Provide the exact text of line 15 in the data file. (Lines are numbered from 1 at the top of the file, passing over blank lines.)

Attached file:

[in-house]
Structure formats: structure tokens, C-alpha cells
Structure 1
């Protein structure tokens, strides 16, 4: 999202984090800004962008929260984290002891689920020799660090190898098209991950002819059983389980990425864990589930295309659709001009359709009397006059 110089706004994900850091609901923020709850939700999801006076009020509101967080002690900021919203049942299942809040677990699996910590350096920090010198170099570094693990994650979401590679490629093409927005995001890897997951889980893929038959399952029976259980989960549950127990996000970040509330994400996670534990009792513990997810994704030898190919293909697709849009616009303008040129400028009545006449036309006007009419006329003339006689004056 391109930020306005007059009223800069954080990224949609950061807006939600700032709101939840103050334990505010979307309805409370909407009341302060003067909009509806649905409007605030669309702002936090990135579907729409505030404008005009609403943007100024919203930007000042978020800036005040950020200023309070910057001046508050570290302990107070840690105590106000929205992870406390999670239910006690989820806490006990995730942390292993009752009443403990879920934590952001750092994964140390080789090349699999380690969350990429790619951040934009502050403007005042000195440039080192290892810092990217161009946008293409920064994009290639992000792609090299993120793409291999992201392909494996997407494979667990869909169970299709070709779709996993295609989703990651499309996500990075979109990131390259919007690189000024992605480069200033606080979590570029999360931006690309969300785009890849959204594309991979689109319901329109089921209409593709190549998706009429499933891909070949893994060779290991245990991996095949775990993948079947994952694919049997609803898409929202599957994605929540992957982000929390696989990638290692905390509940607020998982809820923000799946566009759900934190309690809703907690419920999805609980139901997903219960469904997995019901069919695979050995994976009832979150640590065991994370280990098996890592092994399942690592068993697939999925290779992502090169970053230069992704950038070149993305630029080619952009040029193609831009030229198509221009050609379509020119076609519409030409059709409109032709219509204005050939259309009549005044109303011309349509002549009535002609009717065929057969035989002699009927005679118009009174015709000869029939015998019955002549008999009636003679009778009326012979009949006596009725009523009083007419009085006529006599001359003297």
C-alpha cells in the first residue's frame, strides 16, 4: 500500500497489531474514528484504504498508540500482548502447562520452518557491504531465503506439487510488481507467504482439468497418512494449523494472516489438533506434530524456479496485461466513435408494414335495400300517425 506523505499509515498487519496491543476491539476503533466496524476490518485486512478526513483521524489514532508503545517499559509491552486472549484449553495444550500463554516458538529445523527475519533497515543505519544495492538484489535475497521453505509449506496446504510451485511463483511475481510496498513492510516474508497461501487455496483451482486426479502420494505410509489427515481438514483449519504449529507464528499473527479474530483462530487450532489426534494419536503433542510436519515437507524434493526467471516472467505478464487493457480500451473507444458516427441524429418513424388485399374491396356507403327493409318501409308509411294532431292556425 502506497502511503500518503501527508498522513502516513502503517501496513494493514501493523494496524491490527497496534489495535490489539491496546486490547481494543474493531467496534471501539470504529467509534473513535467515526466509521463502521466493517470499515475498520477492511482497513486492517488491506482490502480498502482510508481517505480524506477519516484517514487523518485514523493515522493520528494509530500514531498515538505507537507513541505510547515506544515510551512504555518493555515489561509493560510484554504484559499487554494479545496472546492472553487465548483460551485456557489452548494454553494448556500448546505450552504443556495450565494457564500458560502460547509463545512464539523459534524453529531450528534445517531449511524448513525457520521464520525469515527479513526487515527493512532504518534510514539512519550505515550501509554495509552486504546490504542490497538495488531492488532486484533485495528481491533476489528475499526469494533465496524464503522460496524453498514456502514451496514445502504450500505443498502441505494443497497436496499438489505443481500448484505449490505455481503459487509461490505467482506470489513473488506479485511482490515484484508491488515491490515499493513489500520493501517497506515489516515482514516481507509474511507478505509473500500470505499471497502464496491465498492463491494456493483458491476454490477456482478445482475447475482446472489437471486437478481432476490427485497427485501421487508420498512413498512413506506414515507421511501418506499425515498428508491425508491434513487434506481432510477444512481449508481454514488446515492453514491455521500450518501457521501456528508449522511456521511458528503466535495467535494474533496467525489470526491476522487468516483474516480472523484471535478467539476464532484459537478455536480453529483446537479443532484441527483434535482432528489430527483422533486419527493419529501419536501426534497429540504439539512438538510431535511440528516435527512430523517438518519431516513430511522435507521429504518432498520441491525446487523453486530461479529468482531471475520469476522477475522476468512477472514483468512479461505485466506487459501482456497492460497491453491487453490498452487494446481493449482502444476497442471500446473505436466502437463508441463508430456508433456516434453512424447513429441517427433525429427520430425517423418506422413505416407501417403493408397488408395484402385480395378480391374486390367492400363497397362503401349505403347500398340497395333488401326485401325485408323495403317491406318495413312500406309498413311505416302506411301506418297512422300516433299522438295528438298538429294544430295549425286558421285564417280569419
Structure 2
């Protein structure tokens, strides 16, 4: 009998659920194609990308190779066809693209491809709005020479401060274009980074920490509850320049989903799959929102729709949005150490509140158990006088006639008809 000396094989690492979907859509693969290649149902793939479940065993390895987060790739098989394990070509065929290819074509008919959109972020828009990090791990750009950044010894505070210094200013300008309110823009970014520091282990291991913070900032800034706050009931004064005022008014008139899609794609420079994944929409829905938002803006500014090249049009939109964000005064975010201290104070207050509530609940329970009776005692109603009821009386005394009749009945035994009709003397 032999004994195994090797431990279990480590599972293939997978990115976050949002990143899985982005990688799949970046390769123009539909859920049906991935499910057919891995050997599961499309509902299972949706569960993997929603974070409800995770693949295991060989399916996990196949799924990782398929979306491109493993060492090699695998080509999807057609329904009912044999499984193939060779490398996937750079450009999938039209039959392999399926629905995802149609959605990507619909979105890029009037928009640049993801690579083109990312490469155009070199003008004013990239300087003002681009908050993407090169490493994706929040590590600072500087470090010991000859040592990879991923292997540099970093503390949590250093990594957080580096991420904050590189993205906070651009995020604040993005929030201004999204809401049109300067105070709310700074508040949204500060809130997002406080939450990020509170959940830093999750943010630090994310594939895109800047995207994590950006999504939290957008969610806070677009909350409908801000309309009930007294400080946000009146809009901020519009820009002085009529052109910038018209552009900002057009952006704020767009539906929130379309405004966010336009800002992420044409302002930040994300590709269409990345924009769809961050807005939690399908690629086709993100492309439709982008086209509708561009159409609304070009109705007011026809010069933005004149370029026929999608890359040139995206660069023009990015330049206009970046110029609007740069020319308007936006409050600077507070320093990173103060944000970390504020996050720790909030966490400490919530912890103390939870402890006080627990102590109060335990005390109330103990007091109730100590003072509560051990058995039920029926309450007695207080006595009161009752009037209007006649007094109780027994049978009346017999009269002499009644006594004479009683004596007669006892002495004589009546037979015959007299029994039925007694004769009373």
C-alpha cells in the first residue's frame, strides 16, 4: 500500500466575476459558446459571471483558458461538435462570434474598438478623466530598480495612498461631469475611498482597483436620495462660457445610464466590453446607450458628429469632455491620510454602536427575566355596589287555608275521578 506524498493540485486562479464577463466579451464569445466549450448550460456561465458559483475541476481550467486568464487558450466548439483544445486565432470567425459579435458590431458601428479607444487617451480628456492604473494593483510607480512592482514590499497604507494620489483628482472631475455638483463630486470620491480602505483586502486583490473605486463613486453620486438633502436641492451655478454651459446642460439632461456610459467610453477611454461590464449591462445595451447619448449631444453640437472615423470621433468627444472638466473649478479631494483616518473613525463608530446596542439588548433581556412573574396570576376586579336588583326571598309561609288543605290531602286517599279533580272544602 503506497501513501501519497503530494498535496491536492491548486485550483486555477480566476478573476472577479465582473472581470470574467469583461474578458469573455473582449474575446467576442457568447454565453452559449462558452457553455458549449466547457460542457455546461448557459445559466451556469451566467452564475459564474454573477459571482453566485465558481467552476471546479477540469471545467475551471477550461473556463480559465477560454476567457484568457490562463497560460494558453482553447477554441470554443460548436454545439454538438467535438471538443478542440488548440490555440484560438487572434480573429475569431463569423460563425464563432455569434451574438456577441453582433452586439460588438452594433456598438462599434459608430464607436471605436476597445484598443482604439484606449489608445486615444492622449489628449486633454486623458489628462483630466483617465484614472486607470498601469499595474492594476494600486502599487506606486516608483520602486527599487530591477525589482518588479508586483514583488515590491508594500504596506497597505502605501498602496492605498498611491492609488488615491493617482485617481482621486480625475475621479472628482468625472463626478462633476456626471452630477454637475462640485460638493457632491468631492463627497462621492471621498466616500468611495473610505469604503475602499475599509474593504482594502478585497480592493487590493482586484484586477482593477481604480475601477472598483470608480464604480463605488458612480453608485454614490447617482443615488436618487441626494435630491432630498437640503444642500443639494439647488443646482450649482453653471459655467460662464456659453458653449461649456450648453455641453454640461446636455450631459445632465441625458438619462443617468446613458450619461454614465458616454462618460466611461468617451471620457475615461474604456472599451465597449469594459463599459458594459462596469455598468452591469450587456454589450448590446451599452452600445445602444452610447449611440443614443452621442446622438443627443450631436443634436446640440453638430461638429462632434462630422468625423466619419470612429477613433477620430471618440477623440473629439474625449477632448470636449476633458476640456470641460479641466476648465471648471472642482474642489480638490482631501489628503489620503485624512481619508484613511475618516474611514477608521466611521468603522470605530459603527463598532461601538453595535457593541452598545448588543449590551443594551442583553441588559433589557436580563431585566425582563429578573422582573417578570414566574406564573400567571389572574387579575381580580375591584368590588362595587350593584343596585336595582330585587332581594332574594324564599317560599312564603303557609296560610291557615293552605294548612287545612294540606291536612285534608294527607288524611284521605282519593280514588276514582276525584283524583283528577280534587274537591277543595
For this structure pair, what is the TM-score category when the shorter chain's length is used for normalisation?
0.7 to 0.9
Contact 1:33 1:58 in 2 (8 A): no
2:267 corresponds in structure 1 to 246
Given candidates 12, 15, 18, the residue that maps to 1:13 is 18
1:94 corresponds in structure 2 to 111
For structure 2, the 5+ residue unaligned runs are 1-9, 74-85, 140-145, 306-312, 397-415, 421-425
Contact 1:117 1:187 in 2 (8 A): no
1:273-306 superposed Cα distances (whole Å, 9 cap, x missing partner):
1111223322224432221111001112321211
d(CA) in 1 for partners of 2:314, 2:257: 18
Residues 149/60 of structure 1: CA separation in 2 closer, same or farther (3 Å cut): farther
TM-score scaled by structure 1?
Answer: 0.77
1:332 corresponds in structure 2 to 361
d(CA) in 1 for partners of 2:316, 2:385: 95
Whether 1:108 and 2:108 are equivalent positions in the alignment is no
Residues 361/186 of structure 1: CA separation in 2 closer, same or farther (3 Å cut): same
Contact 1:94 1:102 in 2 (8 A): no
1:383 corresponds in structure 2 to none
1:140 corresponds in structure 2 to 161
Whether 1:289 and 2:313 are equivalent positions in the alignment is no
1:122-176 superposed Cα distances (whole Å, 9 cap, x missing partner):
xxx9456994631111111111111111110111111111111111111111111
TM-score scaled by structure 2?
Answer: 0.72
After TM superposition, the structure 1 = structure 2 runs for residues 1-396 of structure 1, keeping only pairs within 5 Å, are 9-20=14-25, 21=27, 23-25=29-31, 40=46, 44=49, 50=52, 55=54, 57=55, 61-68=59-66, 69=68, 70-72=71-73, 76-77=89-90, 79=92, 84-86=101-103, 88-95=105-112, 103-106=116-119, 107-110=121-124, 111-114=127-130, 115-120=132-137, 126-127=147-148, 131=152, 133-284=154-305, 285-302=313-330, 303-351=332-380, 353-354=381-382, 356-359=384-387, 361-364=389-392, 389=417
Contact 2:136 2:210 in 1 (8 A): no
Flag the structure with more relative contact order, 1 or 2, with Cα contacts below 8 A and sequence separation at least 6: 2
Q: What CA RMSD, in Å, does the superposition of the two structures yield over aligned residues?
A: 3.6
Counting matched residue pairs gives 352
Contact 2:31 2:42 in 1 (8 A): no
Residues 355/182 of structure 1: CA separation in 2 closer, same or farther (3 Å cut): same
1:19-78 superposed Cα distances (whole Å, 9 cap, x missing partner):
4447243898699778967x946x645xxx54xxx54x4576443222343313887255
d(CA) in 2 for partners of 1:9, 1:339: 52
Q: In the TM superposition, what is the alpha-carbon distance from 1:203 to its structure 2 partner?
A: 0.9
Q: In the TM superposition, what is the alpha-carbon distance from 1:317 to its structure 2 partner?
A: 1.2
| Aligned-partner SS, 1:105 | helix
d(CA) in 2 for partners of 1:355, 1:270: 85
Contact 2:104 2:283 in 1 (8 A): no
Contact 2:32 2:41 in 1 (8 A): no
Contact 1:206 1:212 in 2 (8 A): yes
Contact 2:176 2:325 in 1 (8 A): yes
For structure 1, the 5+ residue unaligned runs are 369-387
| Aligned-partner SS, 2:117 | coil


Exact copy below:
For structure 2, the 5+ residue unaligned runs are 1-9, 74-85, 140-145, 306-312, 397-415, 421-425